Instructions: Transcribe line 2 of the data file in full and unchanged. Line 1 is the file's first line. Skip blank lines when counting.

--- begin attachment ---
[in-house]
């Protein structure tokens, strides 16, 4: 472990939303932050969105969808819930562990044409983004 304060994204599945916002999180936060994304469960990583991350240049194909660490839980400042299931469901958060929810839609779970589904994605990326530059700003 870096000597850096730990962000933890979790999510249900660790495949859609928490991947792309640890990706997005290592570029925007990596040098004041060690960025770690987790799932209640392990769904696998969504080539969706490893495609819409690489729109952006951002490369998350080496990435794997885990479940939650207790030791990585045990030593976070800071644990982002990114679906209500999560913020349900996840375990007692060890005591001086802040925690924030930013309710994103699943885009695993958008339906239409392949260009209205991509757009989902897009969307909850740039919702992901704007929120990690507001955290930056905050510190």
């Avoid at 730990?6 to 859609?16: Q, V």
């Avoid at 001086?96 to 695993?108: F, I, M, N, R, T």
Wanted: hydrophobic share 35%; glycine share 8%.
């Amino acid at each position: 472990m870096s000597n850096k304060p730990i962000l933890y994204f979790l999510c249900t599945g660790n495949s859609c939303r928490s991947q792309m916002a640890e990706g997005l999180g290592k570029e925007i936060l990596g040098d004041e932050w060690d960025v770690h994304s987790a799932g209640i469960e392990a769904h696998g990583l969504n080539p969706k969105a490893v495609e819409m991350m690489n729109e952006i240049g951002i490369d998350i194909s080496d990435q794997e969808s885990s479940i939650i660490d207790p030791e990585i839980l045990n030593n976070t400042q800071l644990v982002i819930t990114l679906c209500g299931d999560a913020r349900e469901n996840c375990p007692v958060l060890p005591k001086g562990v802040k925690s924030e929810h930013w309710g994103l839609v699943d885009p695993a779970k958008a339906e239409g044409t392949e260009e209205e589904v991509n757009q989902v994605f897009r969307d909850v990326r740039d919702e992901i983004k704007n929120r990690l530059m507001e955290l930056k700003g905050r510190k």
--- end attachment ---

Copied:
């Protein structure tokens, strides 16, 4: 472990939303932050969105969808819930562990044409983004 304060994204599945916002999180936060994304469960990583991350240049194909660490839980400042299931469901958060929810839609779970589904994605990326530059700003 870096000597850096730990962000933890979790999510249900660790495949859609928490991947792309640890990706997005290592570029925007990596040098004041060690960025770690987790799932209640392990769904696998969504080539969706490893495609819409690489729109952006951002490369998350080496990435794997885990479940939650207790030791990585045990030593976070800071644990982002990114679906209500999560913020349900996840375990007692060890005591001086802040925690924030930013309710994103699943885009695993958008339906239409392949260009209205991509757009989902897009969307909850740039919702992901704007929120990690507001955290930056905050510190």